Your pied à terre on Sugar Hill. Perched on the highest elevation in Manhattan, the neighborhood feels like a slice of Colonial Williamsburg airlifted into the city. The townhouse looks at the Morris-Jumel Mansion, George Washington’s headquarters for 1776′s Battle of Harlem Heights and home to the infamous grand horizontal, Madame Jumel.
At the time Duke Ellington dubbed the “The Crown of Sugar Hill,” the immediate neighborhood was also home to W.E.B. DuBois, Paul Robeson, Count Basie, Lena Horne, Coleman Hawkins, Teddy Wilson, Johnny Hodges and dozens of Jazz Masters.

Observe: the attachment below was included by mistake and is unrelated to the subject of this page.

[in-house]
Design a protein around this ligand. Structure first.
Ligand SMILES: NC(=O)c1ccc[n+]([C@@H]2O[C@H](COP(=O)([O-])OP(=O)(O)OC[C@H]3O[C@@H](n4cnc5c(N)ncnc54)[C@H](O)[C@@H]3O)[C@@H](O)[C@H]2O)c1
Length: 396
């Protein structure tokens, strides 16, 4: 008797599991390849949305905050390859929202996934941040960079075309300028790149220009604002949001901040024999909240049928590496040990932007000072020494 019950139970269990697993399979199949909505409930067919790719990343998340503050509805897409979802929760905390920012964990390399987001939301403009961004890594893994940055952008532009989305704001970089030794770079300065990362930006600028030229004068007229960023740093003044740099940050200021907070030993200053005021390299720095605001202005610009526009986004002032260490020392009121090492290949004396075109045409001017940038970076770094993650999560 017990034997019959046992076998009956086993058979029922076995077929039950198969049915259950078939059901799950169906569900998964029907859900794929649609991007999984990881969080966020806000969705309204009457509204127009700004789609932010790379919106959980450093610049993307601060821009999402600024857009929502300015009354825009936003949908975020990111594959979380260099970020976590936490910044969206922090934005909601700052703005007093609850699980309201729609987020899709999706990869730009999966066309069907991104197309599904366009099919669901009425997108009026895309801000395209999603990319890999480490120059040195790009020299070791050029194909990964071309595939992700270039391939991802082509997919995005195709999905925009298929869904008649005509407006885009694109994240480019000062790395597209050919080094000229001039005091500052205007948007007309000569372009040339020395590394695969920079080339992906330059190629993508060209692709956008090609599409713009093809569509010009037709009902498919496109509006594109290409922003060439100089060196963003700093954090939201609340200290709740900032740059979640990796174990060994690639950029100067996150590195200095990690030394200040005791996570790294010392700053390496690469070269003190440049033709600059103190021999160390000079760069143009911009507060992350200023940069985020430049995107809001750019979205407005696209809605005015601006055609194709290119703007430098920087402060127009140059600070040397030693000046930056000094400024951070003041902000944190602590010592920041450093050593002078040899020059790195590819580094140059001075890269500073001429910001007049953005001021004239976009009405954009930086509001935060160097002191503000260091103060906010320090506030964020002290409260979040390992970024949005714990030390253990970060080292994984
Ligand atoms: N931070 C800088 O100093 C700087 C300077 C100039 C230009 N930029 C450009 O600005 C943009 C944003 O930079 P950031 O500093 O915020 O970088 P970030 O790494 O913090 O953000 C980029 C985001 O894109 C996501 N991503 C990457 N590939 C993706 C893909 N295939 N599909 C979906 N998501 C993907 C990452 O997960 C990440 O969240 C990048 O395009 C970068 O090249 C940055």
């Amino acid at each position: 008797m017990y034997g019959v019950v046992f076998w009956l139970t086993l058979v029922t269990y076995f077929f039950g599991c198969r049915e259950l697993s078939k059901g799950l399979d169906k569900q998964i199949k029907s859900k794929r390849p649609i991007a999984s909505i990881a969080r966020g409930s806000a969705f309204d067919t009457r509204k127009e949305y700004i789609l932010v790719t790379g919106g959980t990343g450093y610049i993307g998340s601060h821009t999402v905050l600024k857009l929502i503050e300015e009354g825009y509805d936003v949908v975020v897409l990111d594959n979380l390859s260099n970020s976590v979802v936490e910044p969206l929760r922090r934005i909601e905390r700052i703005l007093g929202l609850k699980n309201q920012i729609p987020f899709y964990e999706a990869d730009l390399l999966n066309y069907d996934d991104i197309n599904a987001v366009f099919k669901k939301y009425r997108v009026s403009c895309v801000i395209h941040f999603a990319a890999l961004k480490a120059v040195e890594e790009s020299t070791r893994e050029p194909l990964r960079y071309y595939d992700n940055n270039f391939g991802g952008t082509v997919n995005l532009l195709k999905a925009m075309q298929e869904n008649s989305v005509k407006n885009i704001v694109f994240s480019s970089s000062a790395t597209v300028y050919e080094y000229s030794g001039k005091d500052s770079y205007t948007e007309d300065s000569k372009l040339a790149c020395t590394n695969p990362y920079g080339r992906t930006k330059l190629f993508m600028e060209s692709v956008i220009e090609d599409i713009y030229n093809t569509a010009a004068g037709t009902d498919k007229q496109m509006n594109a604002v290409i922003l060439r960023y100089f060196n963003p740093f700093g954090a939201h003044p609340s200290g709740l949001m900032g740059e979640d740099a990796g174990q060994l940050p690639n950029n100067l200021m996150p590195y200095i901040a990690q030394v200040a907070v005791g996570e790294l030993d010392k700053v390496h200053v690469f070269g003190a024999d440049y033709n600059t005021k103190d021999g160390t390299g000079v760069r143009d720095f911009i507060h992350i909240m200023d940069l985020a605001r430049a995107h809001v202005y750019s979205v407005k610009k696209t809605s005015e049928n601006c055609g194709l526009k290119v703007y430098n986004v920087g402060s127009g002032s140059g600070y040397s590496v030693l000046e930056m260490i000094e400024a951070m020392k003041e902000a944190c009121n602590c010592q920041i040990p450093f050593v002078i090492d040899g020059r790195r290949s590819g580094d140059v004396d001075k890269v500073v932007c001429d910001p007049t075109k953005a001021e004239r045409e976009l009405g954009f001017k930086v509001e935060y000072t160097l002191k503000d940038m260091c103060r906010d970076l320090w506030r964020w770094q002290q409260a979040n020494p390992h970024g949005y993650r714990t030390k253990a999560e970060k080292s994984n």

The self-contained garden apartment shares the garden floor and private entrance of Jumel Terrace Books, an antiquarian bookshop specializing in Harlem Heights' history - from its roots in Revolution through the jazz-age Renaissance to its very Now now. It still swings.
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